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This unassuming post-WWII house has the unlucky distinction of being where Lee Harvey Oswald—the alleged assassin of President John F. Kennedy—stayed the night before he killed the president on November 22, 1963. The city purchased it in 2009 with the purpose of turning it into a museum. The woman who lived there at the time, Ruth Paine, advised the efforts to restore the house what it appeared back them. The house features antique and replica furniture as well as photographs and projected vignettes of actors depicting Lee, Ruth and others associated with that fateful day in November. The home was added to the National Register of Historic Places in 2014.


  • The Ruth Paine House Museum was built in the 1950s and was where Lee Harvey Oswald stayed the night before he allegedly killed John F. Kennedy.
  • The living room
  • Lee Harvey Oswald

Ruth Paine lived here from 1960-1964 (she was married but got divorced in 1962). She befriended Lee's wife, Marina, who was Russian, in February 1963 and gave her the option to live at the house (at various points that year) while Lee was away traveling. Ruth had been interested in the Russian language and the two used that to form a friendship, as well as the fact that they were both mothers.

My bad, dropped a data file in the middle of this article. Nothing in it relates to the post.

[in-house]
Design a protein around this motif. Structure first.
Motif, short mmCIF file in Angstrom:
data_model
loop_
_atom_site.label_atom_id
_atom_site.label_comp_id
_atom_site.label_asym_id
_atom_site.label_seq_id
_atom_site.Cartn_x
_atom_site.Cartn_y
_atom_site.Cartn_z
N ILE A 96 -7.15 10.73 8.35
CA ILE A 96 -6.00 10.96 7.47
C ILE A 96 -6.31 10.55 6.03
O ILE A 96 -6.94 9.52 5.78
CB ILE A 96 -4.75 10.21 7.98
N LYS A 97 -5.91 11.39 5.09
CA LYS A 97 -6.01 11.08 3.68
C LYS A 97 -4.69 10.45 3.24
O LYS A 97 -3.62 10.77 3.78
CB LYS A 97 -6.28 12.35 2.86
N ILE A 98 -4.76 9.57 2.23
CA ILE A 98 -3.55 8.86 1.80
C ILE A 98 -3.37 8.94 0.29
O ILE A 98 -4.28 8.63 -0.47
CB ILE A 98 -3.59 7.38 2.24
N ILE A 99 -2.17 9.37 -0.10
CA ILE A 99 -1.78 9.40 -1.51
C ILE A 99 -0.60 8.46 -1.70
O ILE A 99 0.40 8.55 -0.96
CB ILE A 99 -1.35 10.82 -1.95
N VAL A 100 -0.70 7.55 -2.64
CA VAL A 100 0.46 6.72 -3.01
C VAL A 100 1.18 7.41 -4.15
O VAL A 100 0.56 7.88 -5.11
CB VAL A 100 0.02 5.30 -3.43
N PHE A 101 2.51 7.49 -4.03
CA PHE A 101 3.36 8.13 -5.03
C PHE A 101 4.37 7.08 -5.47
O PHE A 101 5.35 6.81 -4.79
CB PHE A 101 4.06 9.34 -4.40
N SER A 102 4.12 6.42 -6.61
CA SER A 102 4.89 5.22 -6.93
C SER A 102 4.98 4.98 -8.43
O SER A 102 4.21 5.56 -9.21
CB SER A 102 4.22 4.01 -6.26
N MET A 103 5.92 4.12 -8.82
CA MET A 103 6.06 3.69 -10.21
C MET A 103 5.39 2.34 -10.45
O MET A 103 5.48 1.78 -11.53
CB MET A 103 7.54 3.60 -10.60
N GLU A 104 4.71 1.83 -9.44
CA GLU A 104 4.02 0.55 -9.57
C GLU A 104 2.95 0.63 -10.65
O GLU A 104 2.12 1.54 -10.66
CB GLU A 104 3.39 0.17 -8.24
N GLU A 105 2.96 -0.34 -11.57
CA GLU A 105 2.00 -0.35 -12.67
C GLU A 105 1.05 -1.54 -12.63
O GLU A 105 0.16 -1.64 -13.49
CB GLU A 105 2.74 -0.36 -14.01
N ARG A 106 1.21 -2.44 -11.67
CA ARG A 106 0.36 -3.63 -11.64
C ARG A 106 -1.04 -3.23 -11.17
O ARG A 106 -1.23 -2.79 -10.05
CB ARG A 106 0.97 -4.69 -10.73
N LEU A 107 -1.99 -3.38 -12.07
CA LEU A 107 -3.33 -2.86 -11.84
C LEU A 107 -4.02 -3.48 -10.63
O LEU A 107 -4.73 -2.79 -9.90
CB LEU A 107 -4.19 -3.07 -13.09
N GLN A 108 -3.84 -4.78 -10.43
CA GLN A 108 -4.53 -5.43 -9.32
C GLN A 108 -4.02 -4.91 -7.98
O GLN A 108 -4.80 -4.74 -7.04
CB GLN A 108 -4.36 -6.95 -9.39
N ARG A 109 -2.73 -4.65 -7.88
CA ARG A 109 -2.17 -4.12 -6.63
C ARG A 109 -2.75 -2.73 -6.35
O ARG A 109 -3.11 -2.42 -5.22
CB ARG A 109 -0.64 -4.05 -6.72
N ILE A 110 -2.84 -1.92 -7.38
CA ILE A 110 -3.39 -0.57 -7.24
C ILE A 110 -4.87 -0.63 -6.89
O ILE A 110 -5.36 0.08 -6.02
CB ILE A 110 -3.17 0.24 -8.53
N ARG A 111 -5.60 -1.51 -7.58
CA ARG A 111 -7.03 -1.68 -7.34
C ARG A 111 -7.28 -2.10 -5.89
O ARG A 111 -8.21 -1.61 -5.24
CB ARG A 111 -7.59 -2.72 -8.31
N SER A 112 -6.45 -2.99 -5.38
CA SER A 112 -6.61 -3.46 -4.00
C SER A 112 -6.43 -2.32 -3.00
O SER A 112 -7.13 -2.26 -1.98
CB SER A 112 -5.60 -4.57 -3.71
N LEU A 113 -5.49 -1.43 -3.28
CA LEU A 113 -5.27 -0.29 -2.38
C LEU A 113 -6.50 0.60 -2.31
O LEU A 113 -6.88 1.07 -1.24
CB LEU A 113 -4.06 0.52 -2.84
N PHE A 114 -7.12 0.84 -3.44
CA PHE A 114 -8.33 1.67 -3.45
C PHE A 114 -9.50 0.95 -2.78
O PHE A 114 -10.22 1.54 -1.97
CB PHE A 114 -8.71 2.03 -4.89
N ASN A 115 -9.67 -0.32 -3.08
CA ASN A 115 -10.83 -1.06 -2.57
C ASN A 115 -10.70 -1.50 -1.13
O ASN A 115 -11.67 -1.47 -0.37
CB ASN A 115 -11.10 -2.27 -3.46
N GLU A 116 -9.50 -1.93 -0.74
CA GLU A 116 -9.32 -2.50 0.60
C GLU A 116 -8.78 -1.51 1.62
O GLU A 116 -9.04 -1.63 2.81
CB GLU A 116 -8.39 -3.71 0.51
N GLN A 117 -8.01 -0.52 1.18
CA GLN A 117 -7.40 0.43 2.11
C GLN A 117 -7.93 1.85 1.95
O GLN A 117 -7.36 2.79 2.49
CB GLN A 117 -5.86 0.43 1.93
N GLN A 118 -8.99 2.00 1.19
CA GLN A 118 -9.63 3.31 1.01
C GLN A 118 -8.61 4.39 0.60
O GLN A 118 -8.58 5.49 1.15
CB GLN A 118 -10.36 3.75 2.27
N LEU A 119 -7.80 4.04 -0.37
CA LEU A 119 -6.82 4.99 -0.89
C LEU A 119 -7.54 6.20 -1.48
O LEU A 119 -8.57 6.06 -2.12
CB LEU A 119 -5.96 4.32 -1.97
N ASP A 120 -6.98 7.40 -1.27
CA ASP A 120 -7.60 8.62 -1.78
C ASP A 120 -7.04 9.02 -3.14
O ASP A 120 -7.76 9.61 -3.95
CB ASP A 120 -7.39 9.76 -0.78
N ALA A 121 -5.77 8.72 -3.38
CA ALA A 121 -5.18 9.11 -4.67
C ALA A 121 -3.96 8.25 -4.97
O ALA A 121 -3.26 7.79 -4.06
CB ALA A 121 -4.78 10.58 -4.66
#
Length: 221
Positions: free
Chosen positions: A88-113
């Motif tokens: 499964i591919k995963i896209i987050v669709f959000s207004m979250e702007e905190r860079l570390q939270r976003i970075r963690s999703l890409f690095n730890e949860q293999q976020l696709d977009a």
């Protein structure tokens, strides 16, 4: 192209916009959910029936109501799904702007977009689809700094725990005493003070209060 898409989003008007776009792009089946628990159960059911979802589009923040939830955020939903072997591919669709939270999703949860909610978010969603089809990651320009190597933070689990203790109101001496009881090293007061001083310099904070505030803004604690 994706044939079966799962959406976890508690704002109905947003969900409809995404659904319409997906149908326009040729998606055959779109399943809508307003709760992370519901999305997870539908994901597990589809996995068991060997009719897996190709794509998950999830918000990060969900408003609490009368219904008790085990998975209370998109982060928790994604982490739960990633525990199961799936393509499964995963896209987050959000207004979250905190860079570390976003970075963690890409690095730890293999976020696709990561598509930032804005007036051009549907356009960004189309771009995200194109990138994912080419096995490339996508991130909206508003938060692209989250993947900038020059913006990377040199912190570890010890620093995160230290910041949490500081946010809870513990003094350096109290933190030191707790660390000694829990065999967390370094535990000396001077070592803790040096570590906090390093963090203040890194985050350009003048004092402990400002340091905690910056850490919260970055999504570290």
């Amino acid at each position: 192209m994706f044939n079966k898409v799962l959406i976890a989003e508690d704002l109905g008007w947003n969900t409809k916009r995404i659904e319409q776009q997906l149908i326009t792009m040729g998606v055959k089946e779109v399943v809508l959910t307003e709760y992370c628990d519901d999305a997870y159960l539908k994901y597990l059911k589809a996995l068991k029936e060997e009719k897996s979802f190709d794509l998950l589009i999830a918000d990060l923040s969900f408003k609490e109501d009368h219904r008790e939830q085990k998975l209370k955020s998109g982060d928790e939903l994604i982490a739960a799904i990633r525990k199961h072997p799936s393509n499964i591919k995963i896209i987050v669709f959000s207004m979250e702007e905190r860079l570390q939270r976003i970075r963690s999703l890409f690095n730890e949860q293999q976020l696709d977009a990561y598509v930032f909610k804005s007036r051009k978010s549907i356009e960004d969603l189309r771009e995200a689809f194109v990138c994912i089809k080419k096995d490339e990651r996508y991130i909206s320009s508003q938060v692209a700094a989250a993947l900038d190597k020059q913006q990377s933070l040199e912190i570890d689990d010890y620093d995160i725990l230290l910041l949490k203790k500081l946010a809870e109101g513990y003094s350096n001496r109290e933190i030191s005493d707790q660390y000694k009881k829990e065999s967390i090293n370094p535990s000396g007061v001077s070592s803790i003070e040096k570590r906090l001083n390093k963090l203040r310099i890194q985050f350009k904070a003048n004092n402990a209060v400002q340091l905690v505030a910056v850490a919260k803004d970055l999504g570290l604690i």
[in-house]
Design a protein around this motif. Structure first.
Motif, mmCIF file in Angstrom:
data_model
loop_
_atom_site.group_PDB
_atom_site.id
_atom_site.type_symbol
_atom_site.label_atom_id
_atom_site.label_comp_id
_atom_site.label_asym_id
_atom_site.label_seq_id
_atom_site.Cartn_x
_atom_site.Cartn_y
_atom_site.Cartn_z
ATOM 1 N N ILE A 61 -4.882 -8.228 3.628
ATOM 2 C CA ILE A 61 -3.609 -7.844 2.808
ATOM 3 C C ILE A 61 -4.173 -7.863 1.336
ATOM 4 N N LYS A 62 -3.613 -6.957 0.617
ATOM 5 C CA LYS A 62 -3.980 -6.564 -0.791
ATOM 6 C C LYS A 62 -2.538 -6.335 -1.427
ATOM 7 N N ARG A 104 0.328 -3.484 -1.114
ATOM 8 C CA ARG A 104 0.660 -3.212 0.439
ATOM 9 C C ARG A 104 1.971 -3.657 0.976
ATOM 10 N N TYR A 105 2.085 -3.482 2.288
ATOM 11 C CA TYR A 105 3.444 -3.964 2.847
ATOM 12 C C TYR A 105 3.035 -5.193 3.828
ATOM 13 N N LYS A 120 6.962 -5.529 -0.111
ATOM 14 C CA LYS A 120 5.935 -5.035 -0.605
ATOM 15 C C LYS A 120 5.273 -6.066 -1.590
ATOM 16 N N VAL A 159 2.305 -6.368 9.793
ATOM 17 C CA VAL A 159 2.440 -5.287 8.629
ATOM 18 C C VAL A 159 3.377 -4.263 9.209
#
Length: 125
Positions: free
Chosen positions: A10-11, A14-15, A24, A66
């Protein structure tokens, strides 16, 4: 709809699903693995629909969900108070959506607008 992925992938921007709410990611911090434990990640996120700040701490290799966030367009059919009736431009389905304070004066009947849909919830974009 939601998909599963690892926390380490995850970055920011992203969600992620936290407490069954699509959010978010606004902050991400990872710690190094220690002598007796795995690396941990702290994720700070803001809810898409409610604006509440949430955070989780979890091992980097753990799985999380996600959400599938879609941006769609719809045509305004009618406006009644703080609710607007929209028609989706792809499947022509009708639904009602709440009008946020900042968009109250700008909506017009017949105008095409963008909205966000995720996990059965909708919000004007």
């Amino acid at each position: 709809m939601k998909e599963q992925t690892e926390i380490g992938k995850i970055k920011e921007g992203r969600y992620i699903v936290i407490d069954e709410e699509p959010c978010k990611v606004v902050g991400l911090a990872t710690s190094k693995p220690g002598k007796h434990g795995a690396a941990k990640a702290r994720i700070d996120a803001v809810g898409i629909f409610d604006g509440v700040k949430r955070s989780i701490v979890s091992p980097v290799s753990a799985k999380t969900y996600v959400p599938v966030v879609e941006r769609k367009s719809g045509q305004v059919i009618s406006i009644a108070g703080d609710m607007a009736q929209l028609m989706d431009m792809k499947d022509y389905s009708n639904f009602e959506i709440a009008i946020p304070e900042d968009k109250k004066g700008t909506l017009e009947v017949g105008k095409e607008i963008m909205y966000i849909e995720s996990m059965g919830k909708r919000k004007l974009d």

At one point that year Marina went to live with Lee in New Orleans. In September, Ruth visited them and returned with Marina and the children, along with the Oswald's belongings. Included in these items, it was later determined, was the rifle with which Oswald allegedly shot President Kennedy. Lee went to Mexico and at some point tried to get a Cuban visa, which was denied. A little while later, through a connection of Ruth's, he was able to obtain a job at the Texas School Book Depository.

In early November, the FBI question Lee at the house about his activities with the Fair Play for Cuba Committee, an organization founded in 1960 that supported the Cuban Revolution and opposed American policies towards Cuba. On November 21, Lee arrived at the house, which was unusual because he typically visited on weekends. His reason was that he wanted to pick up curtain rods to bring back to his apartment (he was not living there; it was too crowded and apparently he and Marina had a strained marriage). What he of course wanted was the rifle, which he wrapped so that it would appear that he was in fact taking the rods. The next morning he left with the rifle and, it is believed, changed the course of history. Ruth was not charged with any crime during the investigation.

Homepage. Ruth Paine House Museum. Accessed July 5, 2017. http://cityofirving.org/498/Ruth-Paine-House-Museum.

Marsha Prior & Carol Roark. "Paine House." National Park Service - National Register of Historic Places Nomination Form. November 16, 2014. https://atlas.thc.state.tx.us/NR/pdfs/14000963/14000963.pdf.

Photos (except that of Oswald): Timcdfw, via Wikimedia Commons